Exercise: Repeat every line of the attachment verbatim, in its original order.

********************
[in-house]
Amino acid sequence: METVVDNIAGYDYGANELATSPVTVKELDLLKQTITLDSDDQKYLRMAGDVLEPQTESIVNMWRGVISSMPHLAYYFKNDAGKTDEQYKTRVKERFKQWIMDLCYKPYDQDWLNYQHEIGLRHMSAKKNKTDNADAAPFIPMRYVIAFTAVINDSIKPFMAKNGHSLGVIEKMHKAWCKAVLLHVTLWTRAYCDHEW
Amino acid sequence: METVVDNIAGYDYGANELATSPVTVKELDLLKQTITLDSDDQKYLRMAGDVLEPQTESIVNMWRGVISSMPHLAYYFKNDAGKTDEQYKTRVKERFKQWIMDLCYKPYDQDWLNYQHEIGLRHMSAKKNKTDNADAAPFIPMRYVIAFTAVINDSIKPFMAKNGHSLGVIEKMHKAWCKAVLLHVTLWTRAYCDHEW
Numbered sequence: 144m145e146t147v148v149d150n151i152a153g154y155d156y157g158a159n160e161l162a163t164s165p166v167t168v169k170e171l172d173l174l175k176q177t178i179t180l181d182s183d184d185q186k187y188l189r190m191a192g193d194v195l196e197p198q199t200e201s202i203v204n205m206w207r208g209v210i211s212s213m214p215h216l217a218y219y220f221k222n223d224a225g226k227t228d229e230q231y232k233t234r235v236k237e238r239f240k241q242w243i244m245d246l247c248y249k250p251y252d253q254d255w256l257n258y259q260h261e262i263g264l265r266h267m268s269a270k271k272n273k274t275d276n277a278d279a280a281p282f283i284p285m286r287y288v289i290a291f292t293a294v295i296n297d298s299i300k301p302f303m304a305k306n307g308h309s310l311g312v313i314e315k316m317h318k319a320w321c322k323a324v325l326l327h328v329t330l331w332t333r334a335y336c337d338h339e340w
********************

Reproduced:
[in-house]
Amino acid sequence: METVVDNIAGYDYGANELATSPVTVKELDLLKQTITLDSDDQKYLRMAGDVLEPQTESIVNMWRGVISSMPHLAYYFKNDAGKTDEQYKTRVKERFKQWIMDLCYKPYDQDWLNYQHEIGLRHMSAKKNKTDNADAAPFIPMRYVIAFTAVINDSIKPFMAKNGHSLGVIEKMHKAWCKAVLLHVTLWTRAYCDHEW
Amino acid sequence: METVVDNIAGYDYGANELATSPVTVKELDLLKQTITLDSDDQKYLRMAGDVLEPQTESIVNMWRGVISSMPHLAYYFKNDAGKTDEQYKTRVKERFKQWIMDLCYKPYDQDWLNYQHEIGLRHMSAKKNKTDNADAAPFIPMRYVIAFTAVINDSIKPFMAKNGHSLGVIEKMHKAWCKAVLLHVTLWTRAYCDHEW
Numbered sequence: 144m145e146t147v148v149d150n151i152a153g154y155d156y157g158a159n160e161l162a163t164s165p166v167t168v169k170e171l172d173l174l175k176q177t178i179t180l181d182s183d184d185q186k187y188l189r190m191a192g193d194v195l196e197p198q199t200e201s202i203v204n205m206w207r208g209v210i211s212s213m214p215h216l217a218y219y220f221k222n223d224a225g226k227t228d229e230q231y232k233t234r235v236k237e238r239f240k241q242w243i244m245d246l247c248y249k250p251y252d253q254d255w256l257n258y259q260h261e262i263g264l265r266h267m268s269a270k271k272n273k274t275d276n277a278d279a280a281p282f283i284p285m286r287y288v289i290a291f292t293a294v295i296n297d298s299i300k301p302f303m304a305k306n307g308h309s310l311g312v313i314e315k316m317h318k319a320w321c322k323a324v325l326l327h328v329t330l331w332t333r334a335y336c337d338h339e340w